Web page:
He added that the debate over the proposed site must be "civil and respectful."

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The AARP -- one of the most influential advocacy groups in the country -- isn't taking too kindly to Alan Simpson's off color characterization of Social Security: "Senator Simpson's latest attack on Social Security is offensive for several reasons, particularly for belittling a bedrock program that is the foundation of family security for all generations," reads a statement from AARP Senior Vice President Drew Nannis.

The vast majority of the 310 million Americans he insulted - particularly 156 million women and younger Americans for whom the traditional pension will be a relic of history - don't have access to the type of traditional pension retirement security that Sen. Simpson has from his decades in Congress. Perhaps that's why his comments demonstrate a woeful disconnect from or disinterest in the challenges facing many American families for whom Social Security is literally a lifeline.

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The man accused of stabbing a Muslim NYC cab driver hardly has the background one might expect from someone charged with a hate crime committed in a drunken rage.

Michael Enright is a film student at the School of Visual Arts in Manhattan and has been working with the Intersections International, an interfaith and multicultural effort which seeks to promote justice and peace. The project's website is strongly supportive of the Cordoba House project in lower Manhattan and videos of its leader, Imam Faisel Rauf, are posted on their website.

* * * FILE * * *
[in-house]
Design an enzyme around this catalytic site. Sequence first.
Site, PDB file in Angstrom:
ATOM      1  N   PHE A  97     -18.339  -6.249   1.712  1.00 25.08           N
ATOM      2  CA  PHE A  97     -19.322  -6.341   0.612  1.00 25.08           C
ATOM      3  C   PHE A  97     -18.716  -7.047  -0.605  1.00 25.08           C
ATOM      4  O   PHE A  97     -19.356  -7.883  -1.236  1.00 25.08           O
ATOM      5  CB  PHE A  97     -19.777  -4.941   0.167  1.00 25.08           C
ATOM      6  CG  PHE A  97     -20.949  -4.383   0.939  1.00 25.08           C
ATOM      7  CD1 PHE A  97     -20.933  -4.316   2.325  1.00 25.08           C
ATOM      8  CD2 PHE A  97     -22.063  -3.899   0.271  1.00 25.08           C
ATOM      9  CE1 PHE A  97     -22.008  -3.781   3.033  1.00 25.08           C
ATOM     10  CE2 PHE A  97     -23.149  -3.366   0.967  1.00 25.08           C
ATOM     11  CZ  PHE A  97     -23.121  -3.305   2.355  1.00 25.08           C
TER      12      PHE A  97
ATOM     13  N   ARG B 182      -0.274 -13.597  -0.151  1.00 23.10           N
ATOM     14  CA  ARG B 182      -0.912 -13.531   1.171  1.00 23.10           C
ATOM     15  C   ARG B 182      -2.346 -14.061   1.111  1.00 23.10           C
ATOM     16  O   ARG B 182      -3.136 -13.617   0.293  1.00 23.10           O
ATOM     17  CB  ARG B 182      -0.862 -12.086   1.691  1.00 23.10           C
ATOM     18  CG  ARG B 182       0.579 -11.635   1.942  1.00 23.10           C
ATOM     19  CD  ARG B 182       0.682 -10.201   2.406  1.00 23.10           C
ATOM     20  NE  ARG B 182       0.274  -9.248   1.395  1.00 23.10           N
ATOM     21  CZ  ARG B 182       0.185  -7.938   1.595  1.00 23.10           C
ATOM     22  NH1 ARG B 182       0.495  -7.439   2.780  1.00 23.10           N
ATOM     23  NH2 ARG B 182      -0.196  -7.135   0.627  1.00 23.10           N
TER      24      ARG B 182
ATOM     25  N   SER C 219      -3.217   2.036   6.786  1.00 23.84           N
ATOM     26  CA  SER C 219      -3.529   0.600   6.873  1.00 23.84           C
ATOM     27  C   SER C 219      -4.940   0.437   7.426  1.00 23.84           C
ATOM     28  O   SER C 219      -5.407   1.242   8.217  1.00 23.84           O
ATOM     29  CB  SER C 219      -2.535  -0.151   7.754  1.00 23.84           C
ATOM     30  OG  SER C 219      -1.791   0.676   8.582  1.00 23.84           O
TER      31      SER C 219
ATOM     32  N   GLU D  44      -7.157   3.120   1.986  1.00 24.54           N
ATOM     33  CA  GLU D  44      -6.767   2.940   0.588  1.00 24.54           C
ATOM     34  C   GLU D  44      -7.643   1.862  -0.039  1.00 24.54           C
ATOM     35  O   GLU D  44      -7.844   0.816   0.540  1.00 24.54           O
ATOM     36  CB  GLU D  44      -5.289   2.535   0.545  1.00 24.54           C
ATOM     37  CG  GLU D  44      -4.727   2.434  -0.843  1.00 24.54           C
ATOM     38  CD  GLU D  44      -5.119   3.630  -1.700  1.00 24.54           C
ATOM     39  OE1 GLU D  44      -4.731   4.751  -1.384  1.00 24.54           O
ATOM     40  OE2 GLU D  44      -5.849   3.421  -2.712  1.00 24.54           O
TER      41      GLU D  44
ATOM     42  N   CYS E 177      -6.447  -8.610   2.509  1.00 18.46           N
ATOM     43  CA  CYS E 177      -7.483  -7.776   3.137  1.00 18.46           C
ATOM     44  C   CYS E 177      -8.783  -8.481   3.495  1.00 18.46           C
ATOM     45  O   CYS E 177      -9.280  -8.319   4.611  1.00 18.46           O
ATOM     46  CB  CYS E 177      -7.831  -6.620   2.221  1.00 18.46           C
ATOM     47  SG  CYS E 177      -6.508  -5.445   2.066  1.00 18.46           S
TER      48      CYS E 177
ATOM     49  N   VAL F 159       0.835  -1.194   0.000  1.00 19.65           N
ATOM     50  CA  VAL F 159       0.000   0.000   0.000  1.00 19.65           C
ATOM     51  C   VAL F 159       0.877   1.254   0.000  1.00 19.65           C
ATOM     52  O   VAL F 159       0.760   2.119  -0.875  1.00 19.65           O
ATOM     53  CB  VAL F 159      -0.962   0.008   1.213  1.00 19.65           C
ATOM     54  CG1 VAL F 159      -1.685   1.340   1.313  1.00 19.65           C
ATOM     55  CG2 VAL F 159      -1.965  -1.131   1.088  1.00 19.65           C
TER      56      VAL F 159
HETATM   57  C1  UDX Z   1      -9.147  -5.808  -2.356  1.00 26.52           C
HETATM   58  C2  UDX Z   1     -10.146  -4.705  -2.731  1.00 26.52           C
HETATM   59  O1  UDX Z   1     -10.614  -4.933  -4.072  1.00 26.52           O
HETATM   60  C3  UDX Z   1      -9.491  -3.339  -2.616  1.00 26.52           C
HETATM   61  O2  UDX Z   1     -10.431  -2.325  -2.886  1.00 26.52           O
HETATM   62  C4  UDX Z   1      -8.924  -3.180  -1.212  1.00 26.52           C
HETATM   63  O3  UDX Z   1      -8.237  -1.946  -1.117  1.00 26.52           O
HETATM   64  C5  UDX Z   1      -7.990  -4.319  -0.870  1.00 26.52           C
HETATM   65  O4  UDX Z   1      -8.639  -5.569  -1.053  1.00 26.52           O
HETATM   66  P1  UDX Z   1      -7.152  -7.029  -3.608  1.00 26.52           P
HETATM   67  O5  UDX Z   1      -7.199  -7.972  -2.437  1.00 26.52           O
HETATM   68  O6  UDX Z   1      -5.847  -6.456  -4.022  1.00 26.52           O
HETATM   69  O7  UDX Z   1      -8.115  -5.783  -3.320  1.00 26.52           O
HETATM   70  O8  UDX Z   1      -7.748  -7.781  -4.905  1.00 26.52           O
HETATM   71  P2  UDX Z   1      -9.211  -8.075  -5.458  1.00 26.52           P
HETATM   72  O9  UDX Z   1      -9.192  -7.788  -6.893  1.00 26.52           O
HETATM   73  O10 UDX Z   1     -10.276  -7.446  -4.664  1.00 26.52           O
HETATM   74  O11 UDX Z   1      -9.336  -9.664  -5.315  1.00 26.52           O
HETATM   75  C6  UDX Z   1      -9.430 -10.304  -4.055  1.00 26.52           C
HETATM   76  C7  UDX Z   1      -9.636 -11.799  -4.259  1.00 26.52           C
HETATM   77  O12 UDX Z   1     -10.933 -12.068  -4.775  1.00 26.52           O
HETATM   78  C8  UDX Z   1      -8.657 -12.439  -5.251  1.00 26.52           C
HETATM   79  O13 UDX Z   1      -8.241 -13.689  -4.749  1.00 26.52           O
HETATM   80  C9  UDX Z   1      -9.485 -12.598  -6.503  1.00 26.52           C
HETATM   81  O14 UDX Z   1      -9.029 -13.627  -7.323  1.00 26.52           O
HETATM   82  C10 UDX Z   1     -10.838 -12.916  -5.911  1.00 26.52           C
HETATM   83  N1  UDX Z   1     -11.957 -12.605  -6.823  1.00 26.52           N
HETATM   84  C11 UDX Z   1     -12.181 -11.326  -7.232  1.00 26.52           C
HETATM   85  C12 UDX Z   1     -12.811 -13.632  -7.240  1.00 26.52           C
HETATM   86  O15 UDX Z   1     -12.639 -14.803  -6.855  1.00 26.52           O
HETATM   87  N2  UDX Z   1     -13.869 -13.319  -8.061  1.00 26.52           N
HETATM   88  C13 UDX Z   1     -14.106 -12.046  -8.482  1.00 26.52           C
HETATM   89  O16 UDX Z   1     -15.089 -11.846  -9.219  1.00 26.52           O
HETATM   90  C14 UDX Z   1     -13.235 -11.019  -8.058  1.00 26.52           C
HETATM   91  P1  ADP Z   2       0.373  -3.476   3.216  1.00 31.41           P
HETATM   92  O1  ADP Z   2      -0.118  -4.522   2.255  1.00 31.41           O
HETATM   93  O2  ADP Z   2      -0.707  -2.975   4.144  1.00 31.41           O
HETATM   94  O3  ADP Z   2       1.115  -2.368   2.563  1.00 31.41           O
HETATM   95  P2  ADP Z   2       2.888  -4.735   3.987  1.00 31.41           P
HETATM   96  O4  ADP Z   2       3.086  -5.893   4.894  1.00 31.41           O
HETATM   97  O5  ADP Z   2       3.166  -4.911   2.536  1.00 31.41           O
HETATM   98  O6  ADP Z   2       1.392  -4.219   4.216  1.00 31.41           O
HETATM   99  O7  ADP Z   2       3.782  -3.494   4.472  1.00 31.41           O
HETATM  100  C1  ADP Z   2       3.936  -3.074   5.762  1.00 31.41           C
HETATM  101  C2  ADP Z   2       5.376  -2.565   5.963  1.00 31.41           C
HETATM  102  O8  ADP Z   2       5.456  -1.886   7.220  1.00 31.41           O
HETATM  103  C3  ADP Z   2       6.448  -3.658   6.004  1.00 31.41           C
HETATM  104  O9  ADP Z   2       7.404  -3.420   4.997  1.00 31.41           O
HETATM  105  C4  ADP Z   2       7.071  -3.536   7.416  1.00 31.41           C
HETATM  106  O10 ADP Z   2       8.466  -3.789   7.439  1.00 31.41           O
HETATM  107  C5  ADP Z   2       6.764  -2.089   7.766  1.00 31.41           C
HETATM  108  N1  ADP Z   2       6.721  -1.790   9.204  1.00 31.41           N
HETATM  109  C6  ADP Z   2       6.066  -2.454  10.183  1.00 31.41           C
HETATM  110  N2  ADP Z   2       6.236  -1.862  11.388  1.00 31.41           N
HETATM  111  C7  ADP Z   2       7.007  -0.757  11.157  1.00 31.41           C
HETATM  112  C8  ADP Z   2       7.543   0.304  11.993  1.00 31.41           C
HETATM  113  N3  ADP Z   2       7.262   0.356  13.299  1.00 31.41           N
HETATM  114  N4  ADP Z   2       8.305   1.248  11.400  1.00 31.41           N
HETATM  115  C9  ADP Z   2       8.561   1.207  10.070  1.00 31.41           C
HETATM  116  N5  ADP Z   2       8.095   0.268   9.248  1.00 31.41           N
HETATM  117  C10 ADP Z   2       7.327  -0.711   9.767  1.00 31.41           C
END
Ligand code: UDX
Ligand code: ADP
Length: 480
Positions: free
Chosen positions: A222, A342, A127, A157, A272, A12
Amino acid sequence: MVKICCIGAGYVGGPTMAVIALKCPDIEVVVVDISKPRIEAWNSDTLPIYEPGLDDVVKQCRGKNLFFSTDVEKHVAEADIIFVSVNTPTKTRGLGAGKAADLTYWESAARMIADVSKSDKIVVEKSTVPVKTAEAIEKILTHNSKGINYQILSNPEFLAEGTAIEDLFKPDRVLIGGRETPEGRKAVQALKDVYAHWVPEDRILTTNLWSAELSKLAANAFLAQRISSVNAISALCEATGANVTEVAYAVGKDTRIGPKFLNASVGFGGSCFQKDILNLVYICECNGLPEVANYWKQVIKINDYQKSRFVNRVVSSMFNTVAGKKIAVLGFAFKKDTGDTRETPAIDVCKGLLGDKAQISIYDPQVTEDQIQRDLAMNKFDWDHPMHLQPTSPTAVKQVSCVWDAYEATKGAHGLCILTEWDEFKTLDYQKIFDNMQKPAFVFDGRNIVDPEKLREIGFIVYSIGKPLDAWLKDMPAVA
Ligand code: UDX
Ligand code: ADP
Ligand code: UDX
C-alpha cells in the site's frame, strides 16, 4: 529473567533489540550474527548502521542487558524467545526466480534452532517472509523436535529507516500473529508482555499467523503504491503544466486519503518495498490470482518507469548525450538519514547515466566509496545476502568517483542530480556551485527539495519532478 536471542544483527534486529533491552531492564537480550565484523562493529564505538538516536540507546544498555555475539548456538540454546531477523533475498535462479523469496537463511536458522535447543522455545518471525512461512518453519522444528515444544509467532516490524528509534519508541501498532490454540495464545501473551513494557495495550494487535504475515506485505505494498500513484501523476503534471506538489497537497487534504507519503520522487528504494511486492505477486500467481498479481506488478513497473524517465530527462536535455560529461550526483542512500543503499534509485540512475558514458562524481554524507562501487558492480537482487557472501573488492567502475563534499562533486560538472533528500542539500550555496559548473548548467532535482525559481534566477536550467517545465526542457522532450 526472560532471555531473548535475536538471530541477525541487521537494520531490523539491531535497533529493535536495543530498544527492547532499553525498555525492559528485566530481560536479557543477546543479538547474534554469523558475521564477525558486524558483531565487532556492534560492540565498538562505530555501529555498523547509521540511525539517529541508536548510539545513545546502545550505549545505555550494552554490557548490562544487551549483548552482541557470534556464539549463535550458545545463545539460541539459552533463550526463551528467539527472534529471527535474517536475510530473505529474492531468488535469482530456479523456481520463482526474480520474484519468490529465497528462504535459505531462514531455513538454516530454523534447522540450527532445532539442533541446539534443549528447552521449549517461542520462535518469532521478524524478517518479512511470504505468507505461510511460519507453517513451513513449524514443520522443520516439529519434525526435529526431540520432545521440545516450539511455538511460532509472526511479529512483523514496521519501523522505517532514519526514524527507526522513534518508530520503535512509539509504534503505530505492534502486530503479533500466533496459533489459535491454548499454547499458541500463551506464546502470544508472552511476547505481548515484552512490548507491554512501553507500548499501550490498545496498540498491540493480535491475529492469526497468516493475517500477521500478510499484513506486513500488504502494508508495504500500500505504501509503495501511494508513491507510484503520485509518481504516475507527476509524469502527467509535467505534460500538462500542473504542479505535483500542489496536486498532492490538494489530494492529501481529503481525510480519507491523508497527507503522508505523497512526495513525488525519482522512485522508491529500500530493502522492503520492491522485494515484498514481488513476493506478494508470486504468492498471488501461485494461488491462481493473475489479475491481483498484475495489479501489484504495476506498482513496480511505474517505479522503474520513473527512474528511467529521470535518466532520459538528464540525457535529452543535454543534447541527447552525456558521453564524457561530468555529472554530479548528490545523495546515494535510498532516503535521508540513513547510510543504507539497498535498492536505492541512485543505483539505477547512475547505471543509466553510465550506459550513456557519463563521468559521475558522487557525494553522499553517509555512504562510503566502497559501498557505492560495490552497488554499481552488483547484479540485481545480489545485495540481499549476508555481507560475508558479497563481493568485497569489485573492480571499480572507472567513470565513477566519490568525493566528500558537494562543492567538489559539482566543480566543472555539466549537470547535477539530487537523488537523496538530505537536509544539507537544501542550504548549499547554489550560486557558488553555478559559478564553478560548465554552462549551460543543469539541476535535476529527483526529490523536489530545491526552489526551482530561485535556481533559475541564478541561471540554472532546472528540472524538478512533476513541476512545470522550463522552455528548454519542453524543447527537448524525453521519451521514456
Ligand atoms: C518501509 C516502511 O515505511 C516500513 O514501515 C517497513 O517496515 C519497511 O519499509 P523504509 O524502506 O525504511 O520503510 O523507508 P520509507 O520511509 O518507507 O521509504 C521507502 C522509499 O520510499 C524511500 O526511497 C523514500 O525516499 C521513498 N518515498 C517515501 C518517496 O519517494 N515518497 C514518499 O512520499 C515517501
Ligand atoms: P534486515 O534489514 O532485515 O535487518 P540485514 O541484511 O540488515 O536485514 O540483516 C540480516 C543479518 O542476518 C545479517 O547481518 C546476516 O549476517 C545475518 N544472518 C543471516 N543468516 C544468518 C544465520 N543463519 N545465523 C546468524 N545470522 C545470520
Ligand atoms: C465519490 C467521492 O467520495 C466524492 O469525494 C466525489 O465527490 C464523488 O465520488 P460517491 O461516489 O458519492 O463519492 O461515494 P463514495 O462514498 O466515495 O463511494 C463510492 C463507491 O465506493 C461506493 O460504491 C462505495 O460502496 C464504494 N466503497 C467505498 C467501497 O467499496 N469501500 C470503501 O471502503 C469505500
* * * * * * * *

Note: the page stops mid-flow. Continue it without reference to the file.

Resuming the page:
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Rep. Michele Bachmann (R-MN), has a new TV ad going after her Democratic opponent, state Sen. Tarryl Clark, on taxes. Interestingly, this mega-star of the Tea Party right does not showcase any of her own exploits, and is not present in the ad at all beyond her mandatory statement that she approved this message.

Instead, the ad features a man introducing himself as "Jim the election guy," who will "be around to sort things out" in the campaign, and then tells the viewers about how Clark loves taxes, in the fashion of some kind of friendly tech-support representative.

Is this some pop culture reference that I'm just too out of touch to get? I've asked around the TPM office, and nobody else here understands it.

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The conservative group Let Freedom Ring is organizing a series of nationwide readings called "We Read The Constitution," during which -- you guessed it -- attendees will read the Constitution.

In an interview with TPM, Let Freedom Ring president Colin Hanna said that "a lot of people who revere the Constitution aren't themselves intimately familiar with its details," but the hope is that these events will help Americans "become even more enamored of that document."